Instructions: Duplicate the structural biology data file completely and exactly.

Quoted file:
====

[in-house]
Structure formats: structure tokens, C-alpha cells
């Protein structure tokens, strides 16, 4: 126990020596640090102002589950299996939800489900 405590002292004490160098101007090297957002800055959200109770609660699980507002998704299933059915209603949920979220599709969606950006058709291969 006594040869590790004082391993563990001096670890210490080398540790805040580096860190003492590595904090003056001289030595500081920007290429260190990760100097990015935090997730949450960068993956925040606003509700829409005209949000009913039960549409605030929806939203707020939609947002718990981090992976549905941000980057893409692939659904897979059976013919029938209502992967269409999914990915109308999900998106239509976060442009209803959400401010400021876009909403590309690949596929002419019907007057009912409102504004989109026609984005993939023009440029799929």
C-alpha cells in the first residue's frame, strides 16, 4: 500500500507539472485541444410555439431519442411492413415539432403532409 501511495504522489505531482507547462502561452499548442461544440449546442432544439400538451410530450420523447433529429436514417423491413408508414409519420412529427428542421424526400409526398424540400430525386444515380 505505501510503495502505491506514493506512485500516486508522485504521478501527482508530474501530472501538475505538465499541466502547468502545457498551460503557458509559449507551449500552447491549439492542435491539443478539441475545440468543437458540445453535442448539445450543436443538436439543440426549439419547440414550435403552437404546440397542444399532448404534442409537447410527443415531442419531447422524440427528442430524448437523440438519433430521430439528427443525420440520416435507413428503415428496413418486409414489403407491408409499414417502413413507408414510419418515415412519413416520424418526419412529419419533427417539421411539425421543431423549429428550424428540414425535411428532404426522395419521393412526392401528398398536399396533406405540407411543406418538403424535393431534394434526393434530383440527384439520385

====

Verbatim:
[in-house]
Structure formats: structure tokens, C-alpha cells
């Protein structure tokens, strides 16, 4: 126990020596640090102002589950299996939800489900 405590002292004490160098101007090297957002800055959200109770609660699980507002998704299933059915209603949920979220599709969606950006058709291969 006594040869590790004082391993563990001096670890210490080398540790805040580096860190003492590595904090003056001289030595500081920007290429260190990760100097990015935090997730949450960068993956925040606003509700829409005209949000009913039960549409605030929806939203707020939609947002718990981090992976549905941000980057893409692939659904897979059976013919029938209502992967269409999914990915109308999900998106239509976060442009209803959400401010400021876009909403590309690949596929002419019907007057009912409102504004989109026609984005993939023009440029799929």
C-alpha cells in the first residue's frame, strides 16, 4: 500500500507539472485541444410555439431519442411492413415539432403532409 501511495504522489505531482507547462502561452499548442461544440449546442432544439400538451410530450420523447433529429436514417423491413408508414409519420412529427428542421424526400409526398424540400430525386444515380 505505501510503495502505491506514493506512485500516486508522485504521478501527482508530474501530472501538475505538465499541466502547468502545457498551460503557458509559449507551449500552447491549439492542435491539443478539441475545440468543437458540445453535442448539445450543436443538436439543440426549439419547440414550435403552437404546440397542444399532448404534442409537447410527443415531442419531447422524440427528442430524448437523440438519433430521430439528427443525420440520416435507413428503415428496413418486409414489403407491408409499414417502413413507408414510419418515415412519413416520424418526419412529419419533427417539421411539425421543431423549429428550424428540414425535411428532404426522395419521393412526392401528398398536399396533406405540407411543406418538403424535393431534394434526393434530383440527384439520385